In addition, the Karnataka government has capped water tanker prices based on distance travelled to avoid customers being overcharged. A 12,000 litre water tanker will cost 1,000 to travel a 5-km distance; if it has to travel between 5-10km, 1,200 can be charged. The state government has stated that many tanker companies were operating illegally and began charging as much as 5,000- 6,000 per tanker when the water shortage crisis erupted.

To curb such practices, the government has made it mandatory for the private water tankers in the city—there are over 3,500—to register with the civic body.

In the medium term, a private marketplace to buy and sell treated waste water may come up, Vikram Rai, president of Bangalore Apartments Federation (BAF), said. Around 1,300 housing associations, including 300,000 households, are registered with BAF.

New guidelines around this are expected from the government soon, Rai added. A housing society, with a sewage treatment plant (STP) that treats water, can sell excess water to external parties. Treated water can be sold to agencies like BWSSB, other housing societies without STPs, or the civic body. It can then be used to water parks, or even construction sites.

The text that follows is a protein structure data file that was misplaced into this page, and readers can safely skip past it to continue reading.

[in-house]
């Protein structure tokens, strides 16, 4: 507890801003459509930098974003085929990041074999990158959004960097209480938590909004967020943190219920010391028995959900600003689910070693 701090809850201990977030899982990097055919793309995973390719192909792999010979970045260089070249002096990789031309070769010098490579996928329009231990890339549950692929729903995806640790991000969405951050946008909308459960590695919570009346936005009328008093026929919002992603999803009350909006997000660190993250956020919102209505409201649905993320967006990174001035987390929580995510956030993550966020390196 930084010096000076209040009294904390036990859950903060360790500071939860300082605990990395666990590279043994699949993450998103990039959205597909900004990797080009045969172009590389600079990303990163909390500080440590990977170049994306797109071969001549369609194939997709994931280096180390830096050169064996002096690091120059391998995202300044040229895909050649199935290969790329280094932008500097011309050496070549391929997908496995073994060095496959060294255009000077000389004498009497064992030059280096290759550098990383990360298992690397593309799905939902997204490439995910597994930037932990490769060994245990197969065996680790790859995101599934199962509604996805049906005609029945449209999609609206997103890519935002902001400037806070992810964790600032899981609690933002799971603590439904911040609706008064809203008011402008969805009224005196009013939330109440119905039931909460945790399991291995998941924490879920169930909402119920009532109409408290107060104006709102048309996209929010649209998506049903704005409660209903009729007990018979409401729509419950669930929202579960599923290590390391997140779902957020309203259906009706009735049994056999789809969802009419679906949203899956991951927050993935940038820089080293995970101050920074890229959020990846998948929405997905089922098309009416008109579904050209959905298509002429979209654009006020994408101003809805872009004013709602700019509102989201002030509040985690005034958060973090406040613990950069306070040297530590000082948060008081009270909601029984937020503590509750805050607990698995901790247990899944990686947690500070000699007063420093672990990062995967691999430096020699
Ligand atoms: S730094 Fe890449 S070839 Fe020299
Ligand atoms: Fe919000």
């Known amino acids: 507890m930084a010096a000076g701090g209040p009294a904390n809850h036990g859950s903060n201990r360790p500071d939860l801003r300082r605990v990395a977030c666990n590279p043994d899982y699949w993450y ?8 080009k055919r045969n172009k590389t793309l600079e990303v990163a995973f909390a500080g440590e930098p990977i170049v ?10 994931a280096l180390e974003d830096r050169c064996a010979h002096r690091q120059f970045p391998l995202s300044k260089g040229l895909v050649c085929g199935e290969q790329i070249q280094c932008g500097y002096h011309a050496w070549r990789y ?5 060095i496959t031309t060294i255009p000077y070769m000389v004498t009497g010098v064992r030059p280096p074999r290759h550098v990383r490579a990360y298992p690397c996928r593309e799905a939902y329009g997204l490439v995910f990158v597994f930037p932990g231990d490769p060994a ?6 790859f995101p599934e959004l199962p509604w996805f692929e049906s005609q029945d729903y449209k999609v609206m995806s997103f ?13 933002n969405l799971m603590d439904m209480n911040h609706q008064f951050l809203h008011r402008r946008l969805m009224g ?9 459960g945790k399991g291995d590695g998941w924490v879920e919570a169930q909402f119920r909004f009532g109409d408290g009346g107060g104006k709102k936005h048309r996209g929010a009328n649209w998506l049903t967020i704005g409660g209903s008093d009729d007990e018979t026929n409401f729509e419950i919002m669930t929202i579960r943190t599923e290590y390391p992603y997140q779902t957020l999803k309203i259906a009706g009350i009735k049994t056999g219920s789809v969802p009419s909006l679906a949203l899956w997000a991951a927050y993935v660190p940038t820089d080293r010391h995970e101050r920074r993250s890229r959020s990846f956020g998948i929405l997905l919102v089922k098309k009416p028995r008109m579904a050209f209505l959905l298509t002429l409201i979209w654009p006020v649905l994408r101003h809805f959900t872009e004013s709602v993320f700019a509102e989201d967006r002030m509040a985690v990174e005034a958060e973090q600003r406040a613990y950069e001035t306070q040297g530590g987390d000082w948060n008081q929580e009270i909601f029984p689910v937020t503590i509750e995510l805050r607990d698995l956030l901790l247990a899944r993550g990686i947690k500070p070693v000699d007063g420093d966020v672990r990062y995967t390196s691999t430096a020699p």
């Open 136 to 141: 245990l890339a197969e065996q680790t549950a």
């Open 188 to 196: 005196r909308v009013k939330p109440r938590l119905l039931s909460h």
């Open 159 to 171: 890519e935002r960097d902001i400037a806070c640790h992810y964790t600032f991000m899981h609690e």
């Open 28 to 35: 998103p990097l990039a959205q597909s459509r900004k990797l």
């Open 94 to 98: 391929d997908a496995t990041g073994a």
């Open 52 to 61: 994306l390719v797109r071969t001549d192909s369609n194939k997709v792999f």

Home advisories

Housing societies, meanwhile, are shooting advisories to residents on how to save water.

On 6 March, residents at Purva Graces, a gated community in north Bengaluru’s Amruthahalli area, received a message that underlined the severity of the crisis. The vendor’s borewell supplying to the complex had gone dry. The complex receives Cauvery water only thrice a week. “The committee has decided to use rain water harvesting tanks to store water. We request all residents not to waste water," the message stated.

A ‘water conservation alert’ message by Prestige Wellington Park in Jalahalli, stated that BWSSB had abruptly reduced water pressure in its supply, impacting the quantity of water. The property manager will henceforth monitor use of water by residents, the notice further said.

Housing societies and businesses in Bengaluru have started monitoring their water usage now.
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Housing societies and businesses in Bengaluru have started monitoring their water usage now. (Mint)

Meanwhile, a number of gated communities have said no to Holi parties this year and urged residents to not play with water. “Adjustments have to be made. It’s not business as usual. But the government also has to do the needful," Vikram Rai of BAF said.